Walt Disney Animated Pictures are kind of like the cinematic equivalent of Beatles songs. Though cherished in their original forms, they likewise continue to encourage reimagination by artists across the media. A versatile slew of established filmmakers have begun to try their hands at live-action Disney remakes—indie-to-Iron Man director Jon Favreau gave us this past spring’s The Jungle Book and will handle the recently announced The Lion King; Twilight franchise helmer Bill Condon is hard at work on Beauty and the Beast; even the patron saint of melancholy cineastes, Sofia Coppola, was once attached to a Little Mermaid remake. The next auteur in line for the antic: Guy Ritchie, whom The Hollywood Reporter announces has signed on for a live-action Aladdin movie.
There may not be an immediate harmony to the union of Ritchie’s name and the prospect of an Aladdin remake. At least Condon’s Twilight films could be credited as ethereally connected to Beauty and the Beast through old-age macabre, and The Little Mermaid fit in swimmingly with Coppola’s career-long devotion to adolescent ennui by way of female coming-of-age stories. You’ll have to look a little closer to identify what connects Ritchie’s milieu with the story of the orphaned scoundrel who happens up a magic lamp, and thusly aims for the heart of a local celebrity.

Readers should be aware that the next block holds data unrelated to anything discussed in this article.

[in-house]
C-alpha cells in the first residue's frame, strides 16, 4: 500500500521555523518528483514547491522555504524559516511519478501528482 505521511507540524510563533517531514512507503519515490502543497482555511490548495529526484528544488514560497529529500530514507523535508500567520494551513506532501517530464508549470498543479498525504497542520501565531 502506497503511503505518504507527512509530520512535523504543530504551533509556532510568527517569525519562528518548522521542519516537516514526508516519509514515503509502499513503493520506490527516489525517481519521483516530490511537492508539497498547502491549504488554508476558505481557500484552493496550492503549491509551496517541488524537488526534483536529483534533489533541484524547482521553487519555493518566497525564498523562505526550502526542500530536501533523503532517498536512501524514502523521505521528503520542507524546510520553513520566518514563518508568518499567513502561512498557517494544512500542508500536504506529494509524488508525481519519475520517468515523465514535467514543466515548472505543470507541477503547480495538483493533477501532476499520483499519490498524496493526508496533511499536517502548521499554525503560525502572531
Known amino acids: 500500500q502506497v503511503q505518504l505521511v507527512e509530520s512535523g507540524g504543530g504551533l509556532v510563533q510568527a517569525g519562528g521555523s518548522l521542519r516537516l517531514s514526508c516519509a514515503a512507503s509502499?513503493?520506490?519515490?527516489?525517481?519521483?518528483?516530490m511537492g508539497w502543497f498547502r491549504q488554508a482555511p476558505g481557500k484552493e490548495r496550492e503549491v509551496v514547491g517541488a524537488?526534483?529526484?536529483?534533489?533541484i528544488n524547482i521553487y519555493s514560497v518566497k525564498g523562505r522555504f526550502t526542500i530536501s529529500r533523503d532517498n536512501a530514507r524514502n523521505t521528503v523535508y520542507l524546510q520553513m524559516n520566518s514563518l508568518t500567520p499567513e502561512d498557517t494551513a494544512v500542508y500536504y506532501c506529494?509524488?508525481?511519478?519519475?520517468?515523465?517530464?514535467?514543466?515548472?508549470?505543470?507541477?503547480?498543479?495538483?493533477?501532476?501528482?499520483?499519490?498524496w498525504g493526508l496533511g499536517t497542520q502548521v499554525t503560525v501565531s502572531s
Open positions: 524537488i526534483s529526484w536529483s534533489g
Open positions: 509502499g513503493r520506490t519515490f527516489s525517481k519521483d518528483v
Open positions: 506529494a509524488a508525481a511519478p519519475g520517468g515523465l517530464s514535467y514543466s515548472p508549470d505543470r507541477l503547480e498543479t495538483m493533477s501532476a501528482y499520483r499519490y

In its way, Aladdin is a long con flick—the sort on which Ritchie has built his career. From his earliest endeavors of Lock, Stock, and Two Smoking Barrels and Snatch., to his later attempt at the Sherlock Holmes canon, to his most recent outing, The Man from U.N.C.L.E., Ritchie has showcased a ceaselessly faithful relationship with schemes, heists, gambits, bamboozlings, and all factions of con artistry. So Aladdin’s elaborate and magic-addled ruse to dupe Princess Jasmine into thinking he’s some gallant prince isn’t too far outside the realm of Ritchie’s comfort zone.
On that note, we can’t help but make note here of studio cinema’s consistent aversion to reaching beyond its own comfort zone. With outcries against racial homogeny behind the scenes of Hollywood growing ever louder, Aladdin seems like it might have been a good opportunity to give a high-profile picture to an able Arab filmmaker or screenwriter.
Filling the latter position, we have John August, who has written Tim Burton’s Big Fish, Corpse Bride, and Charlie and the Chocolate Factory, as well as the very-Guy-Ritchie-esque-but-not-at-all-directed-by-Guy-Ritchie movie Go. Ritchie and August’s take on Aladdin will, unsurprisingly, employ a “non-linear” form of storytelling and will, much more surprisingly, actually still be a musical.
What do you think of Guy Ritchie as the director slated with a live-action Aladdin? Let us know!
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